Cyclical VariationsThe term cycle refers to recurrent variations in time series that usually last longer than a year and regular, neither in amplitude nor in length. Cyclical fluctuations are long term movements that represent consistently recurring rises and declines in activity. They are resulted mainly from business cycles. A business cycle consists of the recurrence of the up down movements of business activity from some sort of statistical trend. There are four well defined periods or phases in the business cycle. These are prosperity, decline, depression and improvement. The study of cyclical variations is extremely useful in framing suitable policies for stabilizing the level of business activity, i.e. for avoiding periods of booms and depressions as both are bad for the economy.

Measurement of Cyclical Variations

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Business cycles are important types of fluctuations in economic data. Definitely, they are receiving a lot of attention in economic literature. Despite the importance of business cycles, they are most difficult types of fluctuations to measure. This is because successive cycles vary widely in timing, amplitude and pattern. Because of such reason, it is impossible to construct meaningful typical cycle indices of curves similar to those that have been developed for trends and seasonality. The important methods used for measuring cyclical variations are:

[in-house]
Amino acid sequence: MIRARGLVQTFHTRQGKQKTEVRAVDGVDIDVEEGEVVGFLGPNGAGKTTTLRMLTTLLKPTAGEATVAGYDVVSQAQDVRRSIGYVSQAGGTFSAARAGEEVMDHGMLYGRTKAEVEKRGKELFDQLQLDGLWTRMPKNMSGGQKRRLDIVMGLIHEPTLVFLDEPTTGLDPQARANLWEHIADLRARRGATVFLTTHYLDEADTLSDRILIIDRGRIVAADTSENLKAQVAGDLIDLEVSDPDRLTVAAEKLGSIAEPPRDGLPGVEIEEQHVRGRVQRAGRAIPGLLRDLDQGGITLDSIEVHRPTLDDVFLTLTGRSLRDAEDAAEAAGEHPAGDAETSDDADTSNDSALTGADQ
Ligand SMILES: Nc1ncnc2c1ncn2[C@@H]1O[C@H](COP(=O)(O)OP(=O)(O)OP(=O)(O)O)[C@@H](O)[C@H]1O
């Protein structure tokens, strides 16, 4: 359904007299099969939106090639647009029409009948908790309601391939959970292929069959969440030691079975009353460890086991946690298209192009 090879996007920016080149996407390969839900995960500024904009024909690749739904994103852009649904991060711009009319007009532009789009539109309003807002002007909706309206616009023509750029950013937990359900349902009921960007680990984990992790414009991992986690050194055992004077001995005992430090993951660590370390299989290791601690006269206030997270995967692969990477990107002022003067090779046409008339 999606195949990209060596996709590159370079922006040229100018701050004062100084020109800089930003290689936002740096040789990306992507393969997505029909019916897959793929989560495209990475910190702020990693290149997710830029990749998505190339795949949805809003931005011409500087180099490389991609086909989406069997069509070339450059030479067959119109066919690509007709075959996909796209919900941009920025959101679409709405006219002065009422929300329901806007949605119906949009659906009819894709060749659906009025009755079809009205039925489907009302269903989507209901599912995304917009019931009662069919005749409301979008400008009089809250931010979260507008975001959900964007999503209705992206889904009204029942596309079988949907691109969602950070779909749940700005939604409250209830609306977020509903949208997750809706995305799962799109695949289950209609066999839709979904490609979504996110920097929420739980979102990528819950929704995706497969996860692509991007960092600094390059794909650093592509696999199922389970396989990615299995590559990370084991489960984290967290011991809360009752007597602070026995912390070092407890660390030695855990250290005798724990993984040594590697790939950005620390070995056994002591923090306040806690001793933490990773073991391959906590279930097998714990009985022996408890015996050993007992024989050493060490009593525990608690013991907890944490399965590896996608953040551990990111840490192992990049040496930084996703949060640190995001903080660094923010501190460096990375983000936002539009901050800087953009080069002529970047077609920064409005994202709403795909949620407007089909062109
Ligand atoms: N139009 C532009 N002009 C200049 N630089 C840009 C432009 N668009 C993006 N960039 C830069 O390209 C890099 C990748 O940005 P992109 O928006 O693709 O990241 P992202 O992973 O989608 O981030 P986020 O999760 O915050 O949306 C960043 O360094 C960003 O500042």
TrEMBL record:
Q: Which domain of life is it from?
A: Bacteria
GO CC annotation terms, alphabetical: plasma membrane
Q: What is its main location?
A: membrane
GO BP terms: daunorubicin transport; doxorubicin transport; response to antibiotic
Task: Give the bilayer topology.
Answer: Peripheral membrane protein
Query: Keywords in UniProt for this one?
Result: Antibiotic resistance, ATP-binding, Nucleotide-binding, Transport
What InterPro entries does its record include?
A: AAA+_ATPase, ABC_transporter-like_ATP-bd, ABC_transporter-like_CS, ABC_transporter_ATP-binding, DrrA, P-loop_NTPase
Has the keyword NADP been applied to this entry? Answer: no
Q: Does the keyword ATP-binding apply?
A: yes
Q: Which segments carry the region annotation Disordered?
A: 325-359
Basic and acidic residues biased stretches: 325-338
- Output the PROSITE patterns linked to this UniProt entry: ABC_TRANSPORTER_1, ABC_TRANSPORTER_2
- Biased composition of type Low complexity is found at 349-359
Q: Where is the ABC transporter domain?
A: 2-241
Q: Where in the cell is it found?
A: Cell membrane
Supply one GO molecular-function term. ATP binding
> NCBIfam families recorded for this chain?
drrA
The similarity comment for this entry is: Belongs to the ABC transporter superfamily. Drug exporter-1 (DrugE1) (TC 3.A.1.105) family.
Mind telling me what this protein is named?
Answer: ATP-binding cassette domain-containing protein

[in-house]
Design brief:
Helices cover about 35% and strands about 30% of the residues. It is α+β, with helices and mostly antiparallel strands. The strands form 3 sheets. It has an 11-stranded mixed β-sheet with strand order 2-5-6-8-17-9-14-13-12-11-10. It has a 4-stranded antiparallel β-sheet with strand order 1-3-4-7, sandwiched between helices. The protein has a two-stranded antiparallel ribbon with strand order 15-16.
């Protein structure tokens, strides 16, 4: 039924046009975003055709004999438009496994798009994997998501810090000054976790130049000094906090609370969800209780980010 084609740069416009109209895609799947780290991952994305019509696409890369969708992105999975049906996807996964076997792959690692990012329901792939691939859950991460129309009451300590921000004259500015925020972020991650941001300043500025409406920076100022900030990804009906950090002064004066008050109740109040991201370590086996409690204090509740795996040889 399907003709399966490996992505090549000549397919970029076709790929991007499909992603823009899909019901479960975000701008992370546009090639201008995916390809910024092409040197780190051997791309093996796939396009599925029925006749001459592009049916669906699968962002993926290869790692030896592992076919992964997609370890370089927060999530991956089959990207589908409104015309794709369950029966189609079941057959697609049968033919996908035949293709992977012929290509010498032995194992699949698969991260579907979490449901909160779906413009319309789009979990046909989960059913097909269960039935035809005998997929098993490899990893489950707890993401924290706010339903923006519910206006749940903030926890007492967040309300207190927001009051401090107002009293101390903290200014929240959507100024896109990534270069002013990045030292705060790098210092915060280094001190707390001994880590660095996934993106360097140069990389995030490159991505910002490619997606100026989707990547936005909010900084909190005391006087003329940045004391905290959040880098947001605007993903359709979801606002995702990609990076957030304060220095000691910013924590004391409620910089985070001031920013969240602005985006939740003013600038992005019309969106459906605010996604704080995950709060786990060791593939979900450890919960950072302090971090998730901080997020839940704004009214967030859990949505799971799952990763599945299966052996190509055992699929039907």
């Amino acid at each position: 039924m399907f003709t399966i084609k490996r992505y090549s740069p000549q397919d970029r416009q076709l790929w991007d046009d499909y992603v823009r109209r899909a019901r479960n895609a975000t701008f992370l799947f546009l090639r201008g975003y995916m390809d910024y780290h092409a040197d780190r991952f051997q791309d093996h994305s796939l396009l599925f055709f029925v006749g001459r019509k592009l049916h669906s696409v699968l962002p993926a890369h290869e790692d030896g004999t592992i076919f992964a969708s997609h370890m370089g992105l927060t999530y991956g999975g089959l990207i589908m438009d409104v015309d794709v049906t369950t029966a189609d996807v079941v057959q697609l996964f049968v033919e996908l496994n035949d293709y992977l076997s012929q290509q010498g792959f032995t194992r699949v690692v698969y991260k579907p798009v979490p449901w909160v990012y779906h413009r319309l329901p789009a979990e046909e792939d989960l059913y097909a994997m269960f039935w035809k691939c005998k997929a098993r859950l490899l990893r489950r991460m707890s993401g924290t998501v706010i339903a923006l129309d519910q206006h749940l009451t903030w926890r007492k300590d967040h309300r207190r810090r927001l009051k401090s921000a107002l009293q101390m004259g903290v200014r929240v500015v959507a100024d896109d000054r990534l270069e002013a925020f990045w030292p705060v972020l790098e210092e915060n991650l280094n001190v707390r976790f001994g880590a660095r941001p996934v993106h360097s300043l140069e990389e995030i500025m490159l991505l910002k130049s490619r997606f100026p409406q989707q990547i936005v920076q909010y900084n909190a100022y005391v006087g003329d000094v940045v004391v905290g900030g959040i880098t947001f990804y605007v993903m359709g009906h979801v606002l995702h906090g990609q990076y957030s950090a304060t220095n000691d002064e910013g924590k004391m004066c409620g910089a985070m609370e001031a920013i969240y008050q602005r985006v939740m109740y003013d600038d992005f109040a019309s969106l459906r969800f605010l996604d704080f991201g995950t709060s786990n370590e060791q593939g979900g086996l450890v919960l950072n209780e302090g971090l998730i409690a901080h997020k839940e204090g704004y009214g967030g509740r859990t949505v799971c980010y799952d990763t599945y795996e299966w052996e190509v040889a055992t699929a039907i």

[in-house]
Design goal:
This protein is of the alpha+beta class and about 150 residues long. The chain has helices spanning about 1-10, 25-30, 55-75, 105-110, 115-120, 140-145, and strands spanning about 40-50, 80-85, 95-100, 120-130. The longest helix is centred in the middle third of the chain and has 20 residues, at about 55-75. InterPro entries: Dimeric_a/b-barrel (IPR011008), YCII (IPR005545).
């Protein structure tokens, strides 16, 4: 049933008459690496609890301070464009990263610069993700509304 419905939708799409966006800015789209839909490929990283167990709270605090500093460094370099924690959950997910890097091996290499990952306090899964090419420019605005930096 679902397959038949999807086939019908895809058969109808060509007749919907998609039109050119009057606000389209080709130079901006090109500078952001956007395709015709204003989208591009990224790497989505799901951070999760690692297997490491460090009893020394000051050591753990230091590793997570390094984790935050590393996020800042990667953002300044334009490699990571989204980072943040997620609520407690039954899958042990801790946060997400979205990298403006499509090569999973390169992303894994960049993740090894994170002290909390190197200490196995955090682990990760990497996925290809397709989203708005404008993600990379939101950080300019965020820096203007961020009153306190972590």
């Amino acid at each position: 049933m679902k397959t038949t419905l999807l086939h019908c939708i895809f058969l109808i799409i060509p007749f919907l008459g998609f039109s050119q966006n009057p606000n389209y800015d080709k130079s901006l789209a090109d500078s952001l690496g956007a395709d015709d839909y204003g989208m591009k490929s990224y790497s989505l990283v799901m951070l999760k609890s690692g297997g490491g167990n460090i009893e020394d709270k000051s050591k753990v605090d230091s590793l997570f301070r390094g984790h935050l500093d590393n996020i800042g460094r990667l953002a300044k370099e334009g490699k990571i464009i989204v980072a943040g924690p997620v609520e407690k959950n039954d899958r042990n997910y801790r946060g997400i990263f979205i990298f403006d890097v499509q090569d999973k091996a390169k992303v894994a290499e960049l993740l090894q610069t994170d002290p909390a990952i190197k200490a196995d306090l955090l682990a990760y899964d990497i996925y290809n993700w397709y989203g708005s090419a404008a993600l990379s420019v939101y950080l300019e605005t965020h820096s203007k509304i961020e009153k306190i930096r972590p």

1. Residual Method2. Reference Cycle Analysis Method3. Direct Method4. Harmonic Analysis Method

Because of the frequent usage and convenience of time, only the first method is discussed. Residual Method: Among all the methods of arriving at estimates of the cyclical movements of time series, the residual method is most commonly used. This method consists of eliminating seasonal and then trend variations to obtain the cyclical and irregular movements.

T×S×C×IS

=T×C×I

T×C×IT

=C×I